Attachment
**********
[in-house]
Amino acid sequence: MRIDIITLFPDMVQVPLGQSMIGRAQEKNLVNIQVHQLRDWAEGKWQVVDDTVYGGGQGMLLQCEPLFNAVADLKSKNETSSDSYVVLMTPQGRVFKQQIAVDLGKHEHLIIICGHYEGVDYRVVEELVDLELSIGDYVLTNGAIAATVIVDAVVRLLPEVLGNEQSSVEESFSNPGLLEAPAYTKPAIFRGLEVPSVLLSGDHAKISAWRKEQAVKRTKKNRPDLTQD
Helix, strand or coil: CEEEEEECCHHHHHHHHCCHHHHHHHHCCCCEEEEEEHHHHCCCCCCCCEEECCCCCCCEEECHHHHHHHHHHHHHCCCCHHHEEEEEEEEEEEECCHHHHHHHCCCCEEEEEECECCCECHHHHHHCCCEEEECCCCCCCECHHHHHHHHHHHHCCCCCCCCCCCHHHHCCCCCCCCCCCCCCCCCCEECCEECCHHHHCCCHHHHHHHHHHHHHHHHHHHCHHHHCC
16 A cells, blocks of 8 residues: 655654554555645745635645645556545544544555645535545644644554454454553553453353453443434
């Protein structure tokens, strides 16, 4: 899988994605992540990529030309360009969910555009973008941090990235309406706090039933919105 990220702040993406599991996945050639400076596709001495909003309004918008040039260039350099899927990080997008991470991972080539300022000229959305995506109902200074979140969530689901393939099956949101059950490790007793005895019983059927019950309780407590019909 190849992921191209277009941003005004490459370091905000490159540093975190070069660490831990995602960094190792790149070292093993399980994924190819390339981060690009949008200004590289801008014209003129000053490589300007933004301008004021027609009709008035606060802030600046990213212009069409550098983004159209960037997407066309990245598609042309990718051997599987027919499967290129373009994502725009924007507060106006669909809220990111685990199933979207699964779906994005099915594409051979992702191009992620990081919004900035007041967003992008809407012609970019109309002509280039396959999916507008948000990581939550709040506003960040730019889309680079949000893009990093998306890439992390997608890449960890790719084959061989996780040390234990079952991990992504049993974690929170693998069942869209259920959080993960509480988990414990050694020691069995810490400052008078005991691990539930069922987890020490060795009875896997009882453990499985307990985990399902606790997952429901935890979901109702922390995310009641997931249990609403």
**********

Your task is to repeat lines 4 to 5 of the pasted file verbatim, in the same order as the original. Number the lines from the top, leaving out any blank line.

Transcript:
16 A cells, blocks of 8 residues: 655654554555645745635645645556545544544555645535545644644554454454553553453353453443434
């Protein structure tokens, strides 16, 4: 899988994605992540990529030309360009969910555009973008941090990235309406706090039933919105 990220702040993406599991996945050639400076596709001495909003309004918008040039260039350099899927990080997008991470991972080539300022000229959305995506109902200074979140969530689901393939099956949101059950490790007793005895019983059927019950309780407590019909 190849992921191209277009941003005004490459370091905000490159540093975190070069660490831990995602960094190792790149070292093993399980994924190819390339981060690009949008200004590289801008014209003129000053490589300007933004301008004021027609009709008035606060802030600046990213212009069409550098983004159209960037997407066309990245598609042309990718051997599987027919499967290129373009994502725009924007507060106006669909809220990111685990199933979207699964779906994005099915594409051979992702191009992620990081919004900035007041967003992008809407012609970019109309002509280039396959999916507008948000990581939550709040506003960040730019889309680079949000893009990093998306890439992390997608890449960890790719084959061989996780040390234990079952991990992504049993974690929170693998069942869209259920959080993960509480988990414990050694020691069995810490400052008078005991691990539930069922987890020490060795009875896997009882453990499985307990985990399902606790997952429901935890979901109702922390995310009641997931249990609403």